Putting aside for a moment both the insights of Hayek with regard to the inconsistency of price increases during inflationary episodes, as well as the reporting of Barron's Michael Kahn, who recently noted that indexes based around multinational corporations have actually lagged the S&P 500 since mid-March, it is interesting to note that both the editorial board of the Wall Street Journal and contrarian analysts like Doug Noland of Prudent Bear believe that there is, in some ways, less to the current fears about deflation than meets the eye — even if Noland's take on the Fed's "use" of the deflation threat is far more wary than (if not the complete opposite of) that of the editors at The Wall Street Journal.

Of course, a second outcome is that a failed reflation turns into outright inflation, with bond prices crashing and commodity prices — especially gold — soaring. One old economic canard suggests that nations are more willing to err in the opposite direction of that which has been their most problematic historical environment. In other words, Europe, which was crippled with hyperinflation in the 1930s (the time of the greatest economic crisis in modern history), is more likely to err in favor of tolerating deflation, rather than risk revisiting the horrors of inflation. Conversely, the United States, which experienced deflation during the Great Depression of the 1930s, is more likely to roll the dice with inflation than it is to allow deflationary psychology to take hold. This is backed up by the vigorously antideflationary comments from the Greenspan Fed. But it is also the more likely outcome, as seen by commentator Martin Wolf, who wrote in the Financial Times that:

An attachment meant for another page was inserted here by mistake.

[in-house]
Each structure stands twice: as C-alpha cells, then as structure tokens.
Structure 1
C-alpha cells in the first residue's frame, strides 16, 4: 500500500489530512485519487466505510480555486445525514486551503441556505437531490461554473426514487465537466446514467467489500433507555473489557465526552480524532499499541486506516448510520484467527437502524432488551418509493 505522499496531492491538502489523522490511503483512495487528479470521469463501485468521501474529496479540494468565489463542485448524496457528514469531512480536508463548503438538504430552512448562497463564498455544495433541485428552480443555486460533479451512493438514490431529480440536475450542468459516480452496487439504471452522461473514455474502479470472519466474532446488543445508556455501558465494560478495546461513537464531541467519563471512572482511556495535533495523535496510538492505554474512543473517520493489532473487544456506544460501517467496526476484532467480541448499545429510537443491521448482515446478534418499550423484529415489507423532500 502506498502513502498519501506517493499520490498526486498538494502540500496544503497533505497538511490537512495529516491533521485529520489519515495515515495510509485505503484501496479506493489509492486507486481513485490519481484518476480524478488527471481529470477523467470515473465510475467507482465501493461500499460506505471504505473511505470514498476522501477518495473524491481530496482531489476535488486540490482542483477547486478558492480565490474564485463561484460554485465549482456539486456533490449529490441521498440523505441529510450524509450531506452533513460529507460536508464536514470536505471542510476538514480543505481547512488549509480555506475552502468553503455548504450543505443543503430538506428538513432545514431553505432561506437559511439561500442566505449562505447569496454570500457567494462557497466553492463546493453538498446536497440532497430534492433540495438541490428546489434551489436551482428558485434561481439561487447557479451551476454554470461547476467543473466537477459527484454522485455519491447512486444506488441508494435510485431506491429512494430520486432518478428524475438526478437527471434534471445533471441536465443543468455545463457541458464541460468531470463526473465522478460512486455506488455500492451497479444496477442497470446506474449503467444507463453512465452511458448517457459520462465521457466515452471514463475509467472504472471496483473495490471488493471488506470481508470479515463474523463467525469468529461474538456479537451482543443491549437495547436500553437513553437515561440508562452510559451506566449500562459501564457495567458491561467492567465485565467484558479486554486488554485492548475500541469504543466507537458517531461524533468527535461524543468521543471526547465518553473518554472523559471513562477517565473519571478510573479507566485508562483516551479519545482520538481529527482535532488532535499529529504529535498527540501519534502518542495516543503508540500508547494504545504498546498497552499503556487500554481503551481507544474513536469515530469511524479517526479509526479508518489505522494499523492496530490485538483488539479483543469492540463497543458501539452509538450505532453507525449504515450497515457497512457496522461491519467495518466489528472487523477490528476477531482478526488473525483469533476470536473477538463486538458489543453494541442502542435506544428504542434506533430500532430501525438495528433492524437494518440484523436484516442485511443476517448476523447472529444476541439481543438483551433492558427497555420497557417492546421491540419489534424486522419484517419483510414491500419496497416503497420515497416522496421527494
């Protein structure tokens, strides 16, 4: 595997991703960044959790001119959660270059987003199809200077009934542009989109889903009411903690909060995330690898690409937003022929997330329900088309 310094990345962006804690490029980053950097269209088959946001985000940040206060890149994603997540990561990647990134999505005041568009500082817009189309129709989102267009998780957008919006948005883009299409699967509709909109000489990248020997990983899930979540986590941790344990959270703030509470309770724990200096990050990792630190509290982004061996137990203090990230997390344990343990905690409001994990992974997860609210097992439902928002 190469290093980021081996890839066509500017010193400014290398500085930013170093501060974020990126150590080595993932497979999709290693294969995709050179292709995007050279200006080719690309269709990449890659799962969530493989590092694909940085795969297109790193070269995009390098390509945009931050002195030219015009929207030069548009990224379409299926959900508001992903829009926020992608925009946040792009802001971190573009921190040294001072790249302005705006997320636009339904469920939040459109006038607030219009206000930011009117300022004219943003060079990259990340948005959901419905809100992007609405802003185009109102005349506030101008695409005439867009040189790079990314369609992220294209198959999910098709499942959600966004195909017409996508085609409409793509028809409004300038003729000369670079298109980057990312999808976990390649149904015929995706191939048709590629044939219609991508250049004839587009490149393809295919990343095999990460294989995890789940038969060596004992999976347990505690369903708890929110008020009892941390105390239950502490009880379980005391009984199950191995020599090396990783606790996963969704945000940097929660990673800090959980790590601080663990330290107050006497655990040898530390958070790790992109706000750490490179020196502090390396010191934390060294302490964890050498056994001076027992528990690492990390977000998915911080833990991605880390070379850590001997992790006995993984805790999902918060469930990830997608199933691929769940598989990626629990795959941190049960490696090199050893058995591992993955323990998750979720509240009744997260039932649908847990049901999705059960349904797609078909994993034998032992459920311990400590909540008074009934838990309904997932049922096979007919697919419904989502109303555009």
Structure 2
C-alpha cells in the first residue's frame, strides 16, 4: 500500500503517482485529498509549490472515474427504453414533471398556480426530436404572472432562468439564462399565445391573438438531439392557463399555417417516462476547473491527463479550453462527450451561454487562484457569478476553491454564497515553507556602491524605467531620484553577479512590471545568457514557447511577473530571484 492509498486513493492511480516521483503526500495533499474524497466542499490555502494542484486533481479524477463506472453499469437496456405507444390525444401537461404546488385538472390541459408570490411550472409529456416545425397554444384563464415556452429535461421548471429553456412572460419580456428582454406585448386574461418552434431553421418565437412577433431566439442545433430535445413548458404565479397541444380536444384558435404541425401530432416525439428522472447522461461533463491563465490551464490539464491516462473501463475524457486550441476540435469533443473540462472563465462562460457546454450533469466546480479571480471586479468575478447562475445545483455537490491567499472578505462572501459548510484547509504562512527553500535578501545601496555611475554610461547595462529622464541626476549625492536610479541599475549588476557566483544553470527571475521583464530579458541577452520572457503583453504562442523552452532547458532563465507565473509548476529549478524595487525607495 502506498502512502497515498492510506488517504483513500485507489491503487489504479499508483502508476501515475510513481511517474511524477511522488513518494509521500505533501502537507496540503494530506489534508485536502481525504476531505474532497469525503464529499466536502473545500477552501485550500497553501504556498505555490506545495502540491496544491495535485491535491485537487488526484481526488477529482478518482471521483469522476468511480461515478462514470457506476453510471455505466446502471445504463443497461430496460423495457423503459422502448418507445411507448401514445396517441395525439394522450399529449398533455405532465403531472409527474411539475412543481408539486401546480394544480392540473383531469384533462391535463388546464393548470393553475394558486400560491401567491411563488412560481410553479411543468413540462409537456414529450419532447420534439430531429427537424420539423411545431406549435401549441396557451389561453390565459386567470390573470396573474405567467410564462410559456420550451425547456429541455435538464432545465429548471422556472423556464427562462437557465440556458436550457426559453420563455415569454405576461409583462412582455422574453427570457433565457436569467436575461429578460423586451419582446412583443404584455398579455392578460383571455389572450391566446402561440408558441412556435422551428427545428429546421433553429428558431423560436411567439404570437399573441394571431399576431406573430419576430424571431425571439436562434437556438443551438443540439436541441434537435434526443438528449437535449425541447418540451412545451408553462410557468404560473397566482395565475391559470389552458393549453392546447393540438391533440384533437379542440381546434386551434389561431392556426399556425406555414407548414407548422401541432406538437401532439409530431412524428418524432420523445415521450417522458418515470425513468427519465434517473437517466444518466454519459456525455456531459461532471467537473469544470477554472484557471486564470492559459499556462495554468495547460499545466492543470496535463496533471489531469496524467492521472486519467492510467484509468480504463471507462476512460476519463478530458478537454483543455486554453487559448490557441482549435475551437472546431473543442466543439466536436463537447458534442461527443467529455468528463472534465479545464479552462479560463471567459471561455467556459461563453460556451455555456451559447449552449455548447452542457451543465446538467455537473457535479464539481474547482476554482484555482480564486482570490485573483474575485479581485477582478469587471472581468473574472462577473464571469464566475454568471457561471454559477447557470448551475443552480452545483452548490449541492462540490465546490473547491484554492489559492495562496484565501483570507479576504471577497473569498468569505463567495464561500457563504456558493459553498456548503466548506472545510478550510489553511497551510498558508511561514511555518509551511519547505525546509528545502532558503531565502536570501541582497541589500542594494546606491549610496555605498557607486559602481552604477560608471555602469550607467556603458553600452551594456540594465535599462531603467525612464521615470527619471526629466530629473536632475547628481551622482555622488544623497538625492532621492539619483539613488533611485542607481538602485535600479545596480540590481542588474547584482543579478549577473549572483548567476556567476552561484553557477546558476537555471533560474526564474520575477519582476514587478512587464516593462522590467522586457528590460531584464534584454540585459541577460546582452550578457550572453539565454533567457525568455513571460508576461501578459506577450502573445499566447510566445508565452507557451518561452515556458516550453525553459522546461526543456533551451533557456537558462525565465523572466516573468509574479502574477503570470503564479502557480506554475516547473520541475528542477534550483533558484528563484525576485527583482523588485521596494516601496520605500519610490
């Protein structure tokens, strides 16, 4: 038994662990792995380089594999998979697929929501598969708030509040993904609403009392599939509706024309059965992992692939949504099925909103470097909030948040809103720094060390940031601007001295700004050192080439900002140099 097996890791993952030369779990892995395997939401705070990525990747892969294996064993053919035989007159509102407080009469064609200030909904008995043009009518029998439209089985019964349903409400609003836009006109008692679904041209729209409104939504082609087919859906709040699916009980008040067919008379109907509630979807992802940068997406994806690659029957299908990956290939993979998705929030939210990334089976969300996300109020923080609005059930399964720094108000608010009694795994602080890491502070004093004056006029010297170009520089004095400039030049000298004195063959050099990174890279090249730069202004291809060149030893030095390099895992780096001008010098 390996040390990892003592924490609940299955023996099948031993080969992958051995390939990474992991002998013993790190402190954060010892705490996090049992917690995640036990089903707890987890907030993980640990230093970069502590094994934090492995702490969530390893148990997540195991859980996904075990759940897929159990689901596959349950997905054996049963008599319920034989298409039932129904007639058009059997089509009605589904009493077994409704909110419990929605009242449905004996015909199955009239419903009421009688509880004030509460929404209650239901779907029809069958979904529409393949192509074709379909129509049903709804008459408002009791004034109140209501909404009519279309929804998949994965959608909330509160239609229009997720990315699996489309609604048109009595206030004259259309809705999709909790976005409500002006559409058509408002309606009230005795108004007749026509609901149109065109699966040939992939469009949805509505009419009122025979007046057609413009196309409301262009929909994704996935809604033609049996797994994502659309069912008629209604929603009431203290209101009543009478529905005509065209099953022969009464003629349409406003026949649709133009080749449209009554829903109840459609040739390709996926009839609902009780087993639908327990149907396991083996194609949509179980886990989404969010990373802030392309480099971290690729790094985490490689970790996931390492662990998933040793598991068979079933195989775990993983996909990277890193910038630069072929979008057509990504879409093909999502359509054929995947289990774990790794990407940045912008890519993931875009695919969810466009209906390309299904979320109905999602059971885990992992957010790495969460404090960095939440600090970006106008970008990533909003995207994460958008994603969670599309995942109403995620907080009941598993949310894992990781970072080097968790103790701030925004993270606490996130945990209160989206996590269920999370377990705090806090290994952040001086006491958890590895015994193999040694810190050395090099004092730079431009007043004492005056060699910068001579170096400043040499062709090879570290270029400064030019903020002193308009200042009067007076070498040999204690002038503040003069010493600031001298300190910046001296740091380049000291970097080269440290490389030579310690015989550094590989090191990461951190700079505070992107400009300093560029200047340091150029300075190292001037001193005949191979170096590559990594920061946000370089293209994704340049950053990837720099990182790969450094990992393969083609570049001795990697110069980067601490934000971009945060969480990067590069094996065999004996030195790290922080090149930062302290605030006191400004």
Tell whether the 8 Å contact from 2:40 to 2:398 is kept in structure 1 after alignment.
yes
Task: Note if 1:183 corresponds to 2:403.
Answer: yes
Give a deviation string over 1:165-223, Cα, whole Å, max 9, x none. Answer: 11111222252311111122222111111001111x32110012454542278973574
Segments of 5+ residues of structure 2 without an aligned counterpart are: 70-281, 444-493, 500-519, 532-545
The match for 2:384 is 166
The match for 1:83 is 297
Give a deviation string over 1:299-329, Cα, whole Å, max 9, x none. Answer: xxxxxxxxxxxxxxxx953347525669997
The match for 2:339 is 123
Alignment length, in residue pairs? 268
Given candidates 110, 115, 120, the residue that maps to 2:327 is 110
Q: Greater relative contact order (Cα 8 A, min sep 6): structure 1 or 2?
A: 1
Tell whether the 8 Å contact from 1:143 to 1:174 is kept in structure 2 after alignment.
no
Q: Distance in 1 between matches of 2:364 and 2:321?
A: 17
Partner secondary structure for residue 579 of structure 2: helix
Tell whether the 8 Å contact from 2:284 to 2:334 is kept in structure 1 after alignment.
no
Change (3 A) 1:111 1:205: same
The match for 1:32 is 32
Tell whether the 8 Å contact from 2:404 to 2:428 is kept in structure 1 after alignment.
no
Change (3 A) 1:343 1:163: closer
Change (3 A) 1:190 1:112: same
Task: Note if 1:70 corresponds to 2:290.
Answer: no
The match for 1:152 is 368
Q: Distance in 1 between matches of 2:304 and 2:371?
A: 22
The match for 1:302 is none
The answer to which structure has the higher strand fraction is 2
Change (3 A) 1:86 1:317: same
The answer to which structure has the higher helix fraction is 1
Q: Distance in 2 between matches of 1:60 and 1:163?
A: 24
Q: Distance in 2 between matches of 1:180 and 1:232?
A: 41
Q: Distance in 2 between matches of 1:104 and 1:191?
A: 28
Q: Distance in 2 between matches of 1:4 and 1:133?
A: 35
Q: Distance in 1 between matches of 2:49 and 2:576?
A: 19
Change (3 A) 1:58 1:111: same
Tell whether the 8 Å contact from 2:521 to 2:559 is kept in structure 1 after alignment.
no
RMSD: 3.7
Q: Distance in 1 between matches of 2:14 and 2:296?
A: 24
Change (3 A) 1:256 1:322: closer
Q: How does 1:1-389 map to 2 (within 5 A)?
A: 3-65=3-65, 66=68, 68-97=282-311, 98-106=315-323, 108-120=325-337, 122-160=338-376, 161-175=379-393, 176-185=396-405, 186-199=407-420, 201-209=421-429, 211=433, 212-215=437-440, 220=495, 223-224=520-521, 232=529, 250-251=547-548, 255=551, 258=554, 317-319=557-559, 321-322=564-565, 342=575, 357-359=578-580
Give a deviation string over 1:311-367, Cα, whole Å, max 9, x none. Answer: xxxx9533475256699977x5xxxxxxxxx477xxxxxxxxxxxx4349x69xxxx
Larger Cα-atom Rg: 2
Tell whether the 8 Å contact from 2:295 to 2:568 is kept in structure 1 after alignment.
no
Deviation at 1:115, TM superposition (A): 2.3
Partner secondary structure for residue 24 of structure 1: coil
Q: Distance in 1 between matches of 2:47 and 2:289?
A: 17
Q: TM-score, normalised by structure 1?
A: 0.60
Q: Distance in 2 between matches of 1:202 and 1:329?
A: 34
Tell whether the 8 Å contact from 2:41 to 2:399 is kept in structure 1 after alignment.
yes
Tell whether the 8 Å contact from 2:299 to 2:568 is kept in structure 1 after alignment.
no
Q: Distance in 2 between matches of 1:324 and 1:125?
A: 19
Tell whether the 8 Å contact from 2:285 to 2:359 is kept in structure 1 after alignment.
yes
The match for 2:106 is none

In the post-bubble contractionary phase, the worry is deflation. But if the response is to generate a rising tide of private and public debt, the end game is more likely to be the writing off of that debt via inflation. It seems entirely plausible that 10 or, perhaps, as long as 20 years from now, economists will be far [more] worried about inflation than about deflation.

David Penn may be reached at


"The Seinfeld Deflation" [2003]. The Wall Street Journal, Editorial: May 29.

Faber, Marc [2002]. Tomorrow's Gold: Asia's Age Of Discovery, CLSA Books.

Hayek, F. A. [1996]. "Can We Still Stop Inflation?", The Austrian Theory Of The Trade Cycle. Ludwig von Mises Institute: Auburn, AL.

Kahn, Michael [2003]. "Getting Technical: Don't Blame The Dollar For Rally's End," Barron's Online: May 21.

von Mises, Ludwig [1998]. Human Action, Ludwig von Mises Institute: Auburn, AL.

Noland, Doug [2003]. "You Just Gotta Love Congressman Ron Paul," Credit Bubble Bulletin, May 23.

_____[2003]. "The New New Game," Credit Bubble Bulletin, May 30.

Task, Aaron L. [2003]. "Stocks Hit Resistance After Soaring Most Of Day," June 2.

Wolf, Martin [2003]. "The Fine Line Between Deflation And Inflation," Financial Times: May 28.

Current and past articles from Working Money, The Investors' Magazine, can be found at

David Penn

Technical Writer for Technical Analysis of STOCKS & COMMODITIES magazine,, and Advantage.